Hotels have been quietly outperforming the market, and one trader is planning a quick stay at the leading name.
Marriott (NYSE: MAR), Wyndham (NYSE: WYN), and Hilton (NYSE: HLT) don't usually turn a lot of heads, but they did begin the year with a bang as analysts trumpeted a wave of improving fundamentals.1 Yesterday they were back in focus with a complex options strategy on the cusp of some key earnings. Its target was none other than MAR, the industry's biggest player by far:
- A block of 3,400 11-August 105 calls was bought for $1.40. That gives the investor the right to buy 340,000 MAR shares for $105 through the end of next week.
- A block of 6,800 11-August 107 calls was sold for $0.85. That will force the trader to deliver 680,000 shares for $107 if they're over that level.
- Wait a sec! That means they're essentially short 340,000 shares of a high-flying rock star stock! Are they crazy?
Not when you ID the strategy. It's called a ratio spread, and it’s named that because they wrote twice as many contracts as they bought. The benefit is that they brought in more income, which lowers the cost. In this case they were actually paid a credit of $102,000. (They paid 3,400 X $1.40 X 100 = $476,000. They received $6,800 X $0.85 X 100 = $578,000.)
Plus, there's a very strong probability they already own shares in MAR. So in that case, they're not running the risk of getting caught "naked short" in the hotelier.
Source: OptionsHouse by E*TRADE
And even more, maybe they got long the stock when it was much lower and are sitting on some big profits. That's when the ratio spread starts to make sense. Consider this potential sequence of events:
- Earnings are due after the closing bell next Monday, August 7. If the numbers impress and it has a good report and breaks through $107, they'll collect $680,000 from the ratio spread. (Buy 340,000 shares for $105 and sell the same for $107.) They'll also have to cough up another 340,000 shares from their earlier stake.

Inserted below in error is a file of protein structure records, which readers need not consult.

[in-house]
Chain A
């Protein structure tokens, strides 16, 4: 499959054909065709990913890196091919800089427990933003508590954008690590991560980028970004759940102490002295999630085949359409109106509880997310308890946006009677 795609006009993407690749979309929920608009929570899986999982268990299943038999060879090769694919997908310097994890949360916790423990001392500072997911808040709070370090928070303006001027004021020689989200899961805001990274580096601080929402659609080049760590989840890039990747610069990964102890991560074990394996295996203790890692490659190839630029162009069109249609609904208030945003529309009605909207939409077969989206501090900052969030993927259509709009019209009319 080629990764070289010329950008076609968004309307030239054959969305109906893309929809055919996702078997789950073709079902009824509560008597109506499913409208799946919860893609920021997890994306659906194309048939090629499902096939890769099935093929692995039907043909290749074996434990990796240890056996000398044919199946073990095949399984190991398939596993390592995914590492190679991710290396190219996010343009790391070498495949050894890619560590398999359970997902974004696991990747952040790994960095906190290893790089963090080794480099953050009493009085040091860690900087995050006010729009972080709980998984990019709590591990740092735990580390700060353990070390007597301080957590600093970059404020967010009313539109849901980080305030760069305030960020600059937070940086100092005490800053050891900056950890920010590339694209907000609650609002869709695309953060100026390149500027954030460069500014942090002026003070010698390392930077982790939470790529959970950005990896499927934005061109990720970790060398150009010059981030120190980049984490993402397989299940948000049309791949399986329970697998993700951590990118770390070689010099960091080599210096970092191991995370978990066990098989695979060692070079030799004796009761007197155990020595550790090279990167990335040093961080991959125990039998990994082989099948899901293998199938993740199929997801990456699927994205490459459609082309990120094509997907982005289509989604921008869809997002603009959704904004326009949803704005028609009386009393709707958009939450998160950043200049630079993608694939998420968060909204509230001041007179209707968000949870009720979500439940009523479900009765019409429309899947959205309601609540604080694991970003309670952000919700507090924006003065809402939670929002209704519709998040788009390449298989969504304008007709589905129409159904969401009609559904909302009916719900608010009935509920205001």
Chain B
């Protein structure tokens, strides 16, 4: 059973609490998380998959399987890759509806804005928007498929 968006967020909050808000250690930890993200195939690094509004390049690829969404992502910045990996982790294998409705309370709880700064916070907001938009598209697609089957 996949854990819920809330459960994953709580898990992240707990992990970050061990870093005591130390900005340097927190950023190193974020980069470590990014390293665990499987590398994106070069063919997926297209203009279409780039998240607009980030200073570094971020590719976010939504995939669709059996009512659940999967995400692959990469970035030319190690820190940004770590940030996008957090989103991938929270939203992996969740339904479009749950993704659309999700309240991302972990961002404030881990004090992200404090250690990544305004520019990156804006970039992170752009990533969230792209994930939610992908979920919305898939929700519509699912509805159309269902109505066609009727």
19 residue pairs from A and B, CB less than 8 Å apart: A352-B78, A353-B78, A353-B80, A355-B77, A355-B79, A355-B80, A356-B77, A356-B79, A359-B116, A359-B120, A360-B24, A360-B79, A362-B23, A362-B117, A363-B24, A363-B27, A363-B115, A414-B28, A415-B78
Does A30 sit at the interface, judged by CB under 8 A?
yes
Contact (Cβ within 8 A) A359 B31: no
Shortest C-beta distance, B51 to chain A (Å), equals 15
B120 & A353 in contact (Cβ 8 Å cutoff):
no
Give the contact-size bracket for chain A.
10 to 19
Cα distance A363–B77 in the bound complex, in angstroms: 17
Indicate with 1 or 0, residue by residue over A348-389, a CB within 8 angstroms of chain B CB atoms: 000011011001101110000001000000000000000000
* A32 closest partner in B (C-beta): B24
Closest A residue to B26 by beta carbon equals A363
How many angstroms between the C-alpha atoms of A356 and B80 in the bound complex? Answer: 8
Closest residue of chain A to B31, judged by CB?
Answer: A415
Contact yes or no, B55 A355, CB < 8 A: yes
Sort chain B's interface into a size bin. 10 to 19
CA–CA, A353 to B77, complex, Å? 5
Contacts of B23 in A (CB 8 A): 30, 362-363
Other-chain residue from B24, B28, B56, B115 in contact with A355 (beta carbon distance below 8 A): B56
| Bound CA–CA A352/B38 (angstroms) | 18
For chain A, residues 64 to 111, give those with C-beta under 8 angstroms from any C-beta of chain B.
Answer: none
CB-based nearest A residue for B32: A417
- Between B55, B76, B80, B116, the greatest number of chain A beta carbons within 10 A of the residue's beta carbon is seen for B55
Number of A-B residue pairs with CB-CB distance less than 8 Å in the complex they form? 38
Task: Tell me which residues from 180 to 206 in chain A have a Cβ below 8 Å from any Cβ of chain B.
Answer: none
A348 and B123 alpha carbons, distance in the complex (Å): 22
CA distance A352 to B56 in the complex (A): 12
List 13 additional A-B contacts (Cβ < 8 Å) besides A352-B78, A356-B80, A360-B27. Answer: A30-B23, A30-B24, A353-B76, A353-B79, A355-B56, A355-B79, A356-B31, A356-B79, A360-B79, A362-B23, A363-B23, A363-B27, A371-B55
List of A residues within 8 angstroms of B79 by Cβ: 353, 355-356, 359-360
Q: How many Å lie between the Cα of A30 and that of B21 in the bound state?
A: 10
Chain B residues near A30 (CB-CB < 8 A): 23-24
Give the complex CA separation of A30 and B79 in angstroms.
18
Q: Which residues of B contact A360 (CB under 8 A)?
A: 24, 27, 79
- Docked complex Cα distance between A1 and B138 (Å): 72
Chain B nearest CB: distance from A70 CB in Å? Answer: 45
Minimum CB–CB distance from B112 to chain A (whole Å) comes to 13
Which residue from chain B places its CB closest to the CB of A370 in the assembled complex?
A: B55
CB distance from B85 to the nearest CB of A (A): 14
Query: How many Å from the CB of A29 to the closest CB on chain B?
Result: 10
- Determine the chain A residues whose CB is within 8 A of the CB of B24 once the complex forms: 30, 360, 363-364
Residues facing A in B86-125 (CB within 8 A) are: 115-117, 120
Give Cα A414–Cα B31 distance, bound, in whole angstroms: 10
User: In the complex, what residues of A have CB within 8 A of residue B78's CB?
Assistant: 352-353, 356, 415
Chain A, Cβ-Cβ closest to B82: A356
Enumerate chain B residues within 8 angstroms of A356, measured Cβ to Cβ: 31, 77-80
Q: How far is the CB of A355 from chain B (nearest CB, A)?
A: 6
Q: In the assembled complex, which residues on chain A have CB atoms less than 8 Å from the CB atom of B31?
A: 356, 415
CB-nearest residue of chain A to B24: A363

- But say, on the other hand, management fumbles and MAR heads lower. Then the position will become worthless and the investor will simply keep that initial $102,000 credit.
- Their biggest risk is that they miss a blowout rally. No matter how high the shares may spike they have to sell at $107 if it's over that level on expiration.
MAR slid 1.56 percent to $103.49 yesterday, but is up 25 percent so far in 2017. It's ridden a wave of strong margins, improving market share, and higher room rates. On top of that, the company is expanding in Europe at a time when investors are clamoring for anything global.2 WYN also reported better-than-expected results last night and HLT raised guidance on July 26.3
Bottom line: Anyone can buy a stock in hope of a rally, but it's with options that traders can check in, check out, and get paid in a single shot.
1. Bank of America Merrill Lynch: Review: Raising estimates and PO to $112. 5/10/17. Marketwatch: Marriott revenue rises on Starwood acquisition. 2/15/17.
2. Reuters: Marriott profit beats on higher occupancy. 5/8/17. Marriott (press release): Marriott International Announces 2020 Growth Vision in Europe Post Starwood Acquisition. 3/7/17.
3. marketexclusive.com: Wyndham Worldwide Corp (NYSE:WYN) reported earnings of $1.53 per share beating Walls Streets expectations. 8/3/17. RTT News: Hilton Worldwide Raises 2017 Outlook. 7/26/17.